What I saw was beauty, purity of voice, passion and full on spiritual expression. It really is true: you don’t stutter when you sing and Maddy was brilliant when she sang for the transfixed audience. She is beautiful in her attention to detail and humility. She needs to do this again and again and help audiences see how gifted she is and that we all should look beyond a stutter and see and hear the gift of a golden voice.

Here are two quick snippets from my day on Saturday September 1. Maddy and her band played to an enthusiastic crowd that cheered her on and didn’t care when it ran over the allotted time.

 

After the performance, a group of us went to dinner and shared the pleasure of the evening. These were Maddy’s friends and I felt welcomed and embraced into their circle.

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In a recent Stutter Social hangout that I hosted, the group of five women and two men happened to have a very powerful conversation that turned into a really moving moment for me.

I decided to talk about that in a quick video because I honestly couldn’t find the right words to write. At the end of this hangout, it was crystal clear how important these connections really are.

I found myself crying during the hangout which I never do or have done and I noticed that several of the other women in the room were equally as moved. So I hope I explain it well here.

 

 

 

This wonderful piece by film maker Luke Collins hit YouTube this week and is circulating through the stuttering community. It is receiving high marks. The film exquisitely captures the intimidation and panic that a person who stutters feels and imagines.

I commented on the piece on YouTube and the film maker responded back. He is pleased that people who stutter think this is authentic representation. I asked him why he didn’t portray the character himself. He said he didn’t feel he has the “acting chops.” He also shared that directing the actor was an interesting way to explore the process that he experiences. Kudos to Luke for sharing a piece that people who stutter can all relate to.

This video is making the rounds of the stuttering sites on social media and for good reason. A dad with a stutter is seen reading to his daughter before she falls asleep and it is clearly a challenge for him. But he perseveres and does what he wants to do for his child.

I applaud this dad for doing what thousands of parents do with their children – read to them before bedtime. The fact that he decided to record this for others to see took a lot of guts. I am glad he did, so you can see it here. He allows us to see the very vulnerable side of stuttering.

A friend from the National Stuttering Association and Stutter Social, David Resnick, recently gave a great TEDx Talk on using technology to build empathetic resonance. I’ll let him explain in his talk exactly what that is.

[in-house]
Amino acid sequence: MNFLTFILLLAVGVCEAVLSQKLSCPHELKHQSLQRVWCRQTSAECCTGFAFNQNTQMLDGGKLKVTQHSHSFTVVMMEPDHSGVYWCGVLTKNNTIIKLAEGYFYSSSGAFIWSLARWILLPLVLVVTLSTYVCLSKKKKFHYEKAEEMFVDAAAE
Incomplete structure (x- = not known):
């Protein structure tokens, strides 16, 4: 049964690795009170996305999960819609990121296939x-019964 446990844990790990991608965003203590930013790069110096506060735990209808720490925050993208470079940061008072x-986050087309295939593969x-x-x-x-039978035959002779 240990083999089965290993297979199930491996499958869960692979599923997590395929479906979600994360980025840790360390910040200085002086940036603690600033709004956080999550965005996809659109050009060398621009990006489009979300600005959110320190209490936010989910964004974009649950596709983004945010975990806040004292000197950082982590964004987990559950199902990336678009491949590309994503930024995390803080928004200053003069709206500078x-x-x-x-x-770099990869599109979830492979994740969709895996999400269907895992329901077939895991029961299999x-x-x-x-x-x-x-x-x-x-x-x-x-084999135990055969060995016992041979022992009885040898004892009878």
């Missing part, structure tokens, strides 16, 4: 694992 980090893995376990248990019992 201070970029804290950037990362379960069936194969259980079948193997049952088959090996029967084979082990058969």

I was thrilled to see another TED Talk where someone openly stutters and still communicates beautifully and effectively. Of course, my thrill was enhanced by the fact that I know David!

And it was great to see Stutter Social featured and explained. I have been a Stutter Social host for two years now and I love it. The sense of community from a virtual stuttering support group certainly does build empathy.

Enjoy David’s talk! It’s great!

I’ve recently been thinking about disability, as I just finished writing a paper for the October ISAD conference. In my paper, I talk about the role other people play in defining a disability. Sometimes, society regards us as having a disability when we might not.

Interestingly, this coincides with the 25th anniversary of the Americans with Disabilities Act (ADA,) which was signed into law on July 26, 1990.

I also recently listened to an episode of the Stuttertalk podcast, where the social model of disability was discussed.

My mind wandered back several years ago to this amazing TED Talk by Sharon Emery, who talks about the person who listens as being disabled, as opposed to the person who stutters. I blogged about this a number of years ago, and included the link to Ms. Emery’s talk. It’s so worth watching again.

Also, I’m pretty excited to note that this is my 700th post on this blog. Pretty impressive, if I must say so myself.

Another TV reality show features someone who stutters, trying to make it big because of, or in spite of, their stuttering.

In the show, America’s Got Talent, we have a young man who stutters and is a comedian. His story is interesting because he says he stutters due to a sports injury. He explains it in the clip below.

Drew Lynch is a comedian and he’s trying to get people to laugh, but I would have liked to see some material that wasn’t encouraging laughing at just stuttering. All of his jokes were about stuttering.

What do you think?

No words needed for this. Utterly powerful. Thank you, Erin.